Not quite as restricting as veganism, and not quite as cruel as your average meat diet, the vegetarian approach to nutrition is the perfect balance between health and optimal muscle-building potential. Much like any diet approach out there, vegetarianism gives you the opportunity to build muscle efficiently and effectively, all without getting your protein in from a carcass or contributing to the global nightmare that is the meat industry. Without further ado, here is how you can build muscle like a pro on a vegetarian diet.
Getting the protein in without the meat
It’s quite simple really – just don’t eat meat. You might be afraid you won’t be able to get enough quality protein in throughout the day without it, and while it is true that it’s full of the stuff, you should know that eggs, dairy, and the right kinds of plants can give you all the macronutrients you need.
If you’re not lactose intolerant, you can enjoy all kinds of dairy products that are jam-packed with protein and all of the essential vitamins and minerals necessary for lean muscle growth, recovery, and top performance. The same can be said of eggs – one of the rare superfoods – and certain kinds of plants such as nuts, seeds, dark leafy greens, and of course, legumes.
Complementing your workout routine with nutrition
Nutrition is one part of the muscle-building puzzle, with the other one being exercise. Nutrition should have a supportive role in your quest for muscle gains, and your vegetarian diet should be tailor-made to compliment you vigorous workout routine.
Along with utilising weights and other exercise equipment to stimulate muscle breakdown and repair, you should also make sure you’re consuming the right amount of calories on a daily basis in order to maximize your muscle-building potential. Remember, all the protein in the world won’t be able to make your body grow if you’re not meeting your daily caloric requirements.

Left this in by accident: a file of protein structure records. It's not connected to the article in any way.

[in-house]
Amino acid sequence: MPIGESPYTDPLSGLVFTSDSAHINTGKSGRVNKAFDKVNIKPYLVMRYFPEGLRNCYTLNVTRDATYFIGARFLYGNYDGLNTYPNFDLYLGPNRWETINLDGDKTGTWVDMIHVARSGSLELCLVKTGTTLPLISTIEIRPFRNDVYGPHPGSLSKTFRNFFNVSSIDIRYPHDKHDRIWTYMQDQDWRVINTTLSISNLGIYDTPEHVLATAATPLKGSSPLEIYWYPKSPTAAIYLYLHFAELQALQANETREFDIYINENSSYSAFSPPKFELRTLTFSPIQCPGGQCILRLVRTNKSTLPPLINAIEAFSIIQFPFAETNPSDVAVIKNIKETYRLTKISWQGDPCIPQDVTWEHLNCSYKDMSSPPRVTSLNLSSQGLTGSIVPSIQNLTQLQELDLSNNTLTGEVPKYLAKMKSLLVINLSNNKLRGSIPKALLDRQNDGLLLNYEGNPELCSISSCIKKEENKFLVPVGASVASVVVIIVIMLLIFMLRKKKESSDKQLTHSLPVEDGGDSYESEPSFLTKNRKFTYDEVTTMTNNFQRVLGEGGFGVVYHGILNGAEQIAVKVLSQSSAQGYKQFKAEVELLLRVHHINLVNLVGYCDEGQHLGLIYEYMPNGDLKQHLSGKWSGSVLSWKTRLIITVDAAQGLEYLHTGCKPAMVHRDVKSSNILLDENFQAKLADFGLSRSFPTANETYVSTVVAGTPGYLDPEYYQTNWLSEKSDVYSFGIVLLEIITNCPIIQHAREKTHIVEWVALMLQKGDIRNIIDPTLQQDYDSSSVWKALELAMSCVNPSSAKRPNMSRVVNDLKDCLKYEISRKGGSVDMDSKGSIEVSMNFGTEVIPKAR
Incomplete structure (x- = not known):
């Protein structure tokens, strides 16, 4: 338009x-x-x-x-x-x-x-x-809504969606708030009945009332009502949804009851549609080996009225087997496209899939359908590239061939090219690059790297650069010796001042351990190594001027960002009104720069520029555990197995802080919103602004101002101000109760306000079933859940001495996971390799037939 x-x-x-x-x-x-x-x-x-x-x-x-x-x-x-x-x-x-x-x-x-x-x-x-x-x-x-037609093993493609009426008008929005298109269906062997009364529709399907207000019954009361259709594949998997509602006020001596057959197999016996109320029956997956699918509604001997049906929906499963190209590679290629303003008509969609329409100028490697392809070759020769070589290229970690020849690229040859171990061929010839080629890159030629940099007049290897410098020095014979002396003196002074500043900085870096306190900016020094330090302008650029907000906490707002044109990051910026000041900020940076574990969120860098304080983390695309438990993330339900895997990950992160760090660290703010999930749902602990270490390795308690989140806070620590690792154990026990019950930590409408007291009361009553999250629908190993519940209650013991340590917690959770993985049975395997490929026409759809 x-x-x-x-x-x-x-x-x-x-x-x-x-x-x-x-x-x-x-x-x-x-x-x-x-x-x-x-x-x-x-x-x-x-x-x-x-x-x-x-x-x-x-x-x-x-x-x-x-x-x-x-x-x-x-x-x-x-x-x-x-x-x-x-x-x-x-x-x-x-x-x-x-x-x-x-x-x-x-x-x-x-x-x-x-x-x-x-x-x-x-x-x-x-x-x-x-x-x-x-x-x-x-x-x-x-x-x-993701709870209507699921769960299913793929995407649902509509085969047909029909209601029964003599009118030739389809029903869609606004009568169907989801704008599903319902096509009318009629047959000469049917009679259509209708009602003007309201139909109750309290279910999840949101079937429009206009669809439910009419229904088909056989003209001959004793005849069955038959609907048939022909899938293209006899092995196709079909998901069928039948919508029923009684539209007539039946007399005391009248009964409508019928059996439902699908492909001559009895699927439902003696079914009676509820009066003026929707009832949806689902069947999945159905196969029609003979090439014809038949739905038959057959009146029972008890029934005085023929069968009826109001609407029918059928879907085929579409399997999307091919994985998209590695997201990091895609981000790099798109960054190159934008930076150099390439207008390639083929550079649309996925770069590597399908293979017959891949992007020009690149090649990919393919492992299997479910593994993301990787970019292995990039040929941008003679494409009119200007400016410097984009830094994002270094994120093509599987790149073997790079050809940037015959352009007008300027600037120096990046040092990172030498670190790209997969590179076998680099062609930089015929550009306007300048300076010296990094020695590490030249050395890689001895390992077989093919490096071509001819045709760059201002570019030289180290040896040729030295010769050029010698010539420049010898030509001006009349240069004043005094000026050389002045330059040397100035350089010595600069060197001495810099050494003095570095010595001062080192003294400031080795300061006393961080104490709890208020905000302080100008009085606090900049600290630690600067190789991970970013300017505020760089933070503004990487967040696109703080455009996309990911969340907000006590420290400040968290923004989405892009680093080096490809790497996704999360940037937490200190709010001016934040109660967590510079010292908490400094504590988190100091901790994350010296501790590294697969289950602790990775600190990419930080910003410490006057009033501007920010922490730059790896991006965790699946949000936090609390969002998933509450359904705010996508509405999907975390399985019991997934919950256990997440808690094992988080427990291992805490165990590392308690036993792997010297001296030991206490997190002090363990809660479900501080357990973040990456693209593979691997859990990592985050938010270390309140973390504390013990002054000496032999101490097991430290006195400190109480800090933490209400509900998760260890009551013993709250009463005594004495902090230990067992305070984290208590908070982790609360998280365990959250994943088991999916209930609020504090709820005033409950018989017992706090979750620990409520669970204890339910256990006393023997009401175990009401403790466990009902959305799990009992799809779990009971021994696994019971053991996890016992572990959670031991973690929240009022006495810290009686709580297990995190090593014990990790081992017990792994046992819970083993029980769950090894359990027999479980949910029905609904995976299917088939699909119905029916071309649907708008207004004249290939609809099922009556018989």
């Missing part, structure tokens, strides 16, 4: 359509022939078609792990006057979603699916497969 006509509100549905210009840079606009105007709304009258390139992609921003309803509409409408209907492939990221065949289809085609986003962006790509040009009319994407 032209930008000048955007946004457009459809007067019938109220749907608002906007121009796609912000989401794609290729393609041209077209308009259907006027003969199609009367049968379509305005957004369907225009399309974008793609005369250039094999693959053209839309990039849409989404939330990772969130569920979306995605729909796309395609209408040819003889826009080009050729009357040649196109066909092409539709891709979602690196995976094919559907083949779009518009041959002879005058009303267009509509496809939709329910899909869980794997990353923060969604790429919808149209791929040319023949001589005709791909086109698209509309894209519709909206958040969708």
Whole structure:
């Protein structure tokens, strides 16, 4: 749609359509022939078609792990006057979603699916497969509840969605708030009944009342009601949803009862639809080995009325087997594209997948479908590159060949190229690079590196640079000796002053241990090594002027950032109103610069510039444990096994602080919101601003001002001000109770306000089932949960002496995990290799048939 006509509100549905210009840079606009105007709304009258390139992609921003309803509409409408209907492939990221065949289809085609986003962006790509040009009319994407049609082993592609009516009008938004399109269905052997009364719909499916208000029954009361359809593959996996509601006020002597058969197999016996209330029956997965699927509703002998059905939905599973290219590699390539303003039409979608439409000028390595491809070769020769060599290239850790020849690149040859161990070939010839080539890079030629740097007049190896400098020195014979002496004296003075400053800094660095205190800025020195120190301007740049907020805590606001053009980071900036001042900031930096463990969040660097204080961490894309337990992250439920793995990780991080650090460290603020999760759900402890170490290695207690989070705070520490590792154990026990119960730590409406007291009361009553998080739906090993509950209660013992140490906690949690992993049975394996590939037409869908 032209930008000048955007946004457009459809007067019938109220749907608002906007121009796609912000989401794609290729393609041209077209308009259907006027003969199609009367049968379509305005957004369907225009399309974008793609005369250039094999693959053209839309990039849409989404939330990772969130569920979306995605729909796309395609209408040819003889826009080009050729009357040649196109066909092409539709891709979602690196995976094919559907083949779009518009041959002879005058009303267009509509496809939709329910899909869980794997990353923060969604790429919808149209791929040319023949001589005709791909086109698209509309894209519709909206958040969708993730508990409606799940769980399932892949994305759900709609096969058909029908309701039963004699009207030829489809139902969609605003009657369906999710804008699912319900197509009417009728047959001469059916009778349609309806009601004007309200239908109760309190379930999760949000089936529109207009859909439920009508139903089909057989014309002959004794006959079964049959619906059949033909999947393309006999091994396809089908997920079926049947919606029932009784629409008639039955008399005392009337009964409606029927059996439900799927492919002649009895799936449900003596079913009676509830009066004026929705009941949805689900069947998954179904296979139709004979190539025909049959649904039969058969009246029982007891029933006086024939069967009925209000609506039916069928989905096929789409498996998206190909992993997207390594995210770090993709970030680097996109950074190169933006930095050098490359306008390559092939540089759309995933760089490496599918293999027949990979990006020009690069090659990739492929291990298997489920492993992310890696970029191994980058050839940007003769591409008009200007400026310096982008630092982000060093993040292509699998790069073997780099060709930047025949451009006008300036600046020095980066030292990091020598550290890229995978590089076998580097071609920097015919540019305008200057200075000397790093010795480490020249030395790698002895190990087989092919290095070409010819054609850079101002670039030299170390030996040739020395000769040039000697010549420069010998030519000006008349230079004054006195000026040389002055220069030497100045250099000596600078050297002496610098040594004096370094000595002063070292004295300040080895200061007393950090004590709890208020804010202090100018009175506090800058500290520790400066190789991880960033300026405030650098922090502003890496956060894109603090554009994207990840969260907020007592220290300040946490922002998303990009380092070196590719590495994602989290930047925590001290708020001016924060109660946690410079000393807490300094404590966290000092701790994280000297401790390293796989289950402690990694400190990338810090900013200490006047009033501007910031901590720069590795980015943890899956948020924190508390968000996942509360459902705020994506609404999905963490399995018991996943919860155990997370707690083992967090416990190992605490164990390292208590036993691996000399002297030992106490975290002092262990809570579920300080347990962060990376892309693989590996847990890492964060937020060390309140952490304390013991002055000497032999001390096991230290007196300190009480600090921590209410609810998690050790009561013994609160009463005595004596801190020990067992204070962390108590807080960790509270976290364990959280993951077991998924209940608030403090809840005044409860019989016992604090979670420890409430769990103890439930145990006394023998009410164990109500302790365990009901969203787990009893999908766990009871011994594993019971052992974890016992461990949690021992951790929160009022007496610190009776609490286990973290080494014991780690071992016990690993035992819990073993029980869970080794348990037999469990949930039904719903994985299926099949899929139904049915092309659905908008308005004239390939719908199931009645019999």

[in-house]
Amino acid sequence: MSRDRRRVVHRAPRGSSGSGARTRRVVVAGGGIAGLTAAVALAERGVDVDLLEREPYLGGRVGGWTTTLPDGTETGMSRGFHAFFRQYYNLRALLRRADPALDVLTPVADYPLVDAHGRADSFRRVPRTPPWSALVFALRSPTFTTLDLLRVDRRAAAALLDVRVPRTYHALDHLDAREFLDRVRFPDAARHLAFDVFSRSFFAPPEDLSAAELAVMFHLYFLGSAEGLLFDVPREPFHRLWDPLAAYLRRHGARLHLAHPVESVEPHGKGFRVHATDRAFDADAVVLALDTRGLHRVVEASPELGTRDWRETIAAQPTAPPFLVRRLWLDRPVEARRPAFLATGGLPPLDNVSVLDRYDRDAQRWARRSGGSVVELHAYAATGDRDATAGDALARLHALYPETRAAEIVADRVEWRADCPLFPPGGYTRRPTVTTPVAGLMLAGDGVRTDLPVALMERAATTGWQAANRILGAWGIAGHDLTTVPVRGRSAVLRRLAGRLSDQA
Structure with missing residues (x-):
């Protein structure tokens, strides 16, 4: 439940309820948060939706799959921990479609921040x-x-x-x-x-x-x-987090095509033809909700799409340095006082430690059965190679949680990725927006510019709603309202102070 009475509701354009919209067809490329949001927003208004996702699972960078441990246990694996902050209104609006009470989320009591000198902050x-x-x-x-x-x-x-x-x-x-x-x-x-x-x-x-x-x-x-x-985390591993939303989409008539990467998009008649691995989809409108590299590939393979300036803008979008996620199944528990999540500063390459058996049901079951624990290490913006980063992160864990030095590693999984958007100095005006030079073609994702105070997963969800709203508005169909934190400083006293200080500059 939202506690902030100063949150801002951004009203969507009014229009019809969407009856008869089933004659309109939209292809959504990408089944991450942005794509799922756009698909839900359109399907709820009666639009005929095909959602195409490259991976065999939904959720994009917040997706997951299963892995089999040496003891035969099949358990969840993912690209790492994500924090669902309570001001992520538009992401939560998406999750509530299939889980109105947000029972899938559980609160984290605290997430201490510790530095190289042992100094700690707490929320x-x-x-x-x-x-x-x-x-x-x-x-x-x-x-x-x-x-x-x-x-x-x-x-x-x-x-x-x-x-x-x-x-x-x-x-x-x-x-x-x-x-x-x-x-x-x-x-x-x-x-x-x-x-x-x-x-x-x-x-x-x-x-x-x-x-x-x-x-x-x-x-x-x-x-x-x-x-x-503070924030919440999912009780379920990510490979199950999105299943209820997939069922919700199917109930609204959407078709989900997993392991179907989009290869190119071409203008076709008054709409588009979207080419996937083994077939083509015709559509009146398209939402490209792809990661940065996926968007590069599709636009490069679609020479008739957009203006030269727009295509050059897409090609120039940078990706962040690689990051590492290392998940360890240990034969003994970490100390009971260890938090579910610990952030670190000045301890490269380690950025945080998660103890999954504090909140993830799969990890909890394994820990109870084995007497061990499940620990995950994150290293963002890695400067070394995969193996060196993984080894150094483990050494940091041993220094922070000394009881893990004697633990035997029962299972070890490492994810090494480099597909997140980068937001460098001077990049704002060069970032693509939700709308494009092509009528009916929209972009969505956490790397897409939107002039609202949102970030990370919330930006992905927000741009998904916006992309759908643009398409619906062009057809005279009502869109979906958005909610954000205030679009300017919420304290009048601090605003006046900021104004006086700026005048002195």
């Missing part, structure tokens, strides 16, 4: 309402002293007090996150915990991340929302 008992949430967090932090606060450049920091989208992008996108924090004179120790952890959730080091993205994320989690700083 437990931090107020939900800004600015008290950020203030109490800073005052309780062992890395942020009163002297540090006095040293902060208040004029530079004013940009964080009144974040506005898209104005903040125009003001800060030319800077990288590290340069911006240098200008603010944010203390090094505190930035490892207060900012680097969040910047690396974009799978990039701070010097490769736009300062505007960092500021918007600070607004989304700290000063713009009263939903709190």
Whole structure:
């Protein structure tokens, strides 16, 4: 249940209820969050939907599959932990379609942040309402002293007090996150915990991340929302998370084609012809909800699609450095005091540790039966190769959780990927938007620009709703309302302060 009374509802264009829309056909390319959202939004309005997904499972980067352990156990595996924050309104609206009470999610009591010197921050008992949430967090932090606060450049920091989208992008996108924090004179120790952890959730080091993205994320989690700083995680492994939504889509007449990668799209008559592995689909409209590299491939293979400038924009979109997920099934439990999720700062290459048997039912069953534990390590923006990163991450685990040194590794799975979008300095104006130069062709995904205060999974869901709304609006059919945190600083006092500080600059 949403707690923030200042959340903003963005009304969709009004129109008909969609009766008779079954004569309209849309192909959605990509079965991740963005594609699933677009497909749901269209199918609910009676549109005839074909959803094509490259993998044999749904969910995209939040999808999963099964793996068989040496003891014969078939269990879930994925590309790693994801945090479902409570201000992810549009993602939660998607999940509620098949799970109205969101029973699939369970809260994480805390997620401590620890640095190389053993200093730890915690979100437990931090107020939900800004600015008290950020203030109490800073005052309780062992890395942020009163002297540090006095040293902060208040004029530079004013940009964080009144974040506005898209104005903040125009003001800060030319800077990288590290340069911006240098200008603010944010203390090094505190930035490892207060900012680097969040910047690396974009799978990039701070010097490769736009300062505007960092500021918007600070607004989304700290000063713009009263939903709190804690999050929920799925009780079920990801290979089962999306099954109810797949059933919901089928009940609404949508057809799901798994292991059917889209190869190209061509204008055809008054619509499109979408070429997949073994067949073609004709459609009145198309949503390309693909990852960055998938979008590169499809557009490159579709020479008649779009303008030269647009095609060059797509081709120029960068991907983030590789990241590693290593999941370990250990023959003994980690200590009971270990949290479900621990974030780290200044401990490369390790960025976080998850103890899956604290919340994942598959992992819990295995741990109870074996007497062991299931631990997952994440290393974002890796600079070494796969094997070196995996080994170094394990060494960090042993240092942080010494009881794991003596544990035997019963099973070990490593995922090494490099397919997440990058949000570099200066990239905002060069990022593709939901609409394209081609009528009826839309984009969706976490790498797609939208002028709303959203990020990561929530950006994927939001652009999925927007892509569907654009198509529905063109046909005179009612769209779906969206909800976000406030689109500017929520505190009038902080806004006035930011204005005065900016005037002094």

Learn the not-so-ancient art of meal-prepping
Out of all the ways to build muscle without eating meat, structuring your meals is by far the most powerful one. You see, it doesn’t really matter whether you’re eating meat or not, what matters is whether or not you’re getting clean, wholesome foods in your system daily, and if you’re taking the time to schedule your meals properly.
To do this, simply cook at home instead of eating out, and make sure you’re using the right cookware to preserve the precious nutrients in the food during the cooking process. By devoting a lazy Sunday afternoon to prepping the majority of your meals for the upcoming week, you will be able to stay consistent with your eating schedule and fuel your body for maximum lean muscle growth.
Don’t forget about supplementation
From professional athletes to novice gym-goers, everyone has their own opinion about workout supplements. Do they work, and are they worth your money in the long run? The answer, as always, lies somewhere in the middle, as not all supplements were created equal and some will definitely help you more than others.
When it comes to building lean muscle, your go-to supplement should definitely be protein powder. There are plenty of types to choose from, and as a vegetarian, you want to stay away from animal protein and instead choose the healthier whey protein option. Whey protein is the richest form of protein out there, made out of whey, which is a by-product of cheese production.
If you don’t like or can’t handle dairy derivatives, then you can consider plant-based protein supplements such as soy protein, pea protein, and hemp protein. Another popular option among athletes is egg protein.
Watch out for deficiencies
You might not want to hear it, but health-wise, meat is not the evilest thing in the world. Meats of various kinds are rich in crucial minerals and vitamins that vegetarians and vegans are missing out on. This is not a bad thing, and it doesn’t mean that you should go back to being a meat-eater, it just means that you should monitor your micronutrient intake and adjust accordingly.
Firstly, watch out for iron deficiency, which is common in people that don’t eat red meat, so you want to use iron supplements in order to meet your daily requirements. Keep in mind that plant-based iron is insufficient to beat iron-deficiency anemia, so all the more reason to supplement accordingly.
Next up is vitamin B12. Given the fact that plant-based B12 is not absorbed as efficiently as meat-based, you should supplement here as well. Be sure to keep track of your zinc and calcium levels too, as non-meat-eaters tend to suffer from deficiencies in these areas to boot.
Carnivores tend to argue that you can never maximize muscle growth without meat in your diet, which is simply not true and has been disproved by the scientific community many a time throughout the years. So be sure to tune out the negative noise and stick to your healthy vegetarian diet that, when tweaked properly, is bound to help you achieve your muscle-building goals